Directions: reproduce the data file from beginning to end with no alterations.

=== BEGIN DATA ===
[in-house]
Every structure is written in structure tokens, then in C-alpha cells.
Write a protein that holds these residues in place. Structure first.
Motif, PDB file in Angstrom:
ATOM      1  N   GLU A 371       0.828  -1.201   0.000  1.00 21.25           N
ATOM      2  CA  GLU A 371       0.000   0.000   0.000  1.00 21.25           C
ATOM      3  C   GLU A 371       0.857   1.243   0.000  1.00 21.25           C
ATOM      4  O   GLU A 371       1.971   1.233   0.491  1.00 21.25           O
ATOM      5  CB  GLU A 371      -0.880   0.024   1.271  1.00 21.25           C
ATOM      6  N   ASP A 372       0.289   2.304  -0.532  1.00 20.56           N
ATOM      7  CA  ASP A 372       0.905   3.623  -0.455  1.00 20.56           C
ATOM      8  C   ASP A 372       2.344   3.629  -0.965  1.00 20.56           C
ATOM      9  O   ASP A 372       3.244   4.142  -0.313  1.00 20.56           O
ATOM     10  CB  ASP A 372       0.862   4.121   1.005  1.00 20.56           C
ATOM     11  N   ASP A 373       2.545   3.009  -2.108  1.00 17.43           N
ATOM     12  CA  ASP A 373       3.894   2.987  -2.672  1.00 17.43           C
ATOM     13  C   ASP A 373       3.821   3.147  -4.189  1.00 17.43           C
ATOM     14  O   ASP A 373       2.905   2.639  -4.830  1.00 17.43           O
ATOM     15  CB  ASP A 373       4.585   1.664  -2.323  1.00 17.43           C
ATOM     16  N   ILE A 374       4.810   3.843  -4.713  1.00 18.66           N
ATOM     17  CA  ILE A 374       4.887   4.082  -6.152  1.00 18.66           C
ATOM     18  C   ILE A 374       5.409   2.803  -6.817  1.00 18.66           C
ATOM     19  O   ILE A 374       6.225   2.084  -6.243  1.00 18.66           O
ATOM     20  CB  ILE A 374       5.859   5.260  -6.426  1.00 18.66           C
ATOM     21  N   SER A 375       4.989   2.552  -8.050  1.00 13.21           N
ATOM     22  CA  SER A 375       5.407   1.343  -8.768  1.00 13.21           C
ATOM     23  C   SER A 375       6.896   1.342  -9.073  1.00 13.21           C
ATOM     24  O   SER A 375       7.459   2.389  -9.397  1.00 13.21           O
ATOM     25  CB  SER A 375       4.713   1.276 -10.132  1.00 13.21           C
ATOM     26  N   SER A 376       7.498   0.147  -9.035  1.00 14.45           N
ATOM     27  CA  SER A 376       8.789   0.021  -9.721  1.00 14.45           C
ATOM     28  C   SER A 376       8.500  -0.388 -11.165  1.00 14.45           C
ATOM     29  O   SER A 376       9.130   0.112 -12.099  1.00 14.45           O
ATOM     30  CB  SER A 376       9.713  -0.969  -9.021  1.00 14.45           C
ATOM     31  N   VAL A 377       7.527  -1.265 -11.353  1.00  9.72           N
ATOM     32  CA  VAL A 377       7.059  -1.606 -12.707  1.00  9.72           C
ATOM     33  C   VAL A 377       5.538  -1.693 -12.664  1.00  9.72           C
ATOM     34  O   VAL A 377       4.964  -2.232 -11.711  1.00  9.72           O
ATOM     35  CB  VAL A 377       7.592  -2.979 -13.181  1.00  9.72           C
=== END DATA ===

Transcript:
[in-house]
Every structure is written in structure tokens, then in C-alpha cells.
Write a protein that holds these residues in place. Structure first.
Motif, PDB file in Angstrom:
ATOM      1  N   GLU A 371       0.828  -1.201   0.000  1.00 21.25           N
ATOM      2  CA  GLU A 371       0.000   0.000   0.000  1.00 21.25           C
ATOM      3  C   GLU A 371       0.857   1.243   0.000  1.00 21.25           C
ATOM      4  O   GLU A 371       1.971   1.233   0.491  1.00 21.25           O
ATOM      5  CB  GLU A 371      -0.880   0.024   1.271  1.00 21.25           C
ATOM      6  N   ASP A 372       0.289   2.304  -0.532  1.00 20.56           N
ATOM      7  CA  ASP A 372       0.905   3.623  -0.455  1.00 20.56           C
ATOM      8  C   ASP A 372       2.344   3.629  -0.965  1.00 20.56           C
ATOM      9  O   ASP A 372       3.244   4.142  -0.313  1.00 20.56           O
ATOM     10  CB  ASP A 372       0.862   4.121   1.005  1.00 20.56           C
ATOM     11  N   ASP A 373       2.545   3.009  -2.108  1.00 17.43           N
ATOM     12  CA  ASP A 373       3.894   2.987  -2.672  1.00 17.43           C
ATOM     13  C   ASP A 373       3.821   3.147  -4.189  1.00 17.43           C
ATOM     14  O   ASP A 373       2.905   2.639  -4.830  1.00 17.43           O
ATOM     15  CB  ASP A 373       4.585   1.664  -2.323  1.00 17.43           C
ATOM     16  N   ILE A 374       4.810   3.843  -4.713  1.00 18.66           N
ATOM     17  CA  ILE A 374       4.887   4.082  -6.152  1.00 18.66           C
ATOM     18  C   ILE A 374       5.409   2.803  -6.817  1.00 18.66           C
ATOM     19  O   ILE A 374       6.225   2.084  -6.243  1.00 18.66           O
ATOM     20  CB  ILE A 374       5.859   5.260  -6.426  1.00 18.66           C
ATOM     21  N   SER A 375       4.989   2.552  -8.050  1.00 13.21           N
ATOM     22  CA  SER A 375       5.407   1.343  -8.768  1.00 13.21           C
ATOM     23  C   SER A 375       6.896   1.342  -9.073  1.00 13.21           C
ATOM     24  O   SER A 375       7.459   2.389  -9.397  1.00 13.21           O
ATOM     25  CB  SER A 375       4.713   1.276 -10.132  1.00 13.21           C
ATOM     26  N   SER A 376       7.498   0.147  -9.035  1.00 14.45           N
ATOM     27  CA  SER A 376       8.789   0.021  -9.721  1.00 14.45           C
ATOM     28  C   SER A 376       8.500  -0.388 -11.165  1.00 14.45           C
ATOM     29  O   SER A 376       9.130   0.112 -12.099  1.00 14.45           O
ATOM     30  CB  SER A 376       9.713  -0.969  -9.021  1.00 14.45           C
ATOM     31  N   VAL A 377       7.527  -1.265 -11.353  1.00  9.72           N
ATOM     32  CA  VAL A 377       7.059  -1.606 -12.707  1.00  9.72           C
ATOM     33  C   VAL A 377       5.538  -1.693 -12.664  1.00  9.72           C
ATOM     34  O   VAL A 377       4.964  -2.232 -11.711  1.00  9.72           O
ATOM     35  CB  VAL A 377       7.592  -2.979 -13.181  1.00  9.72           C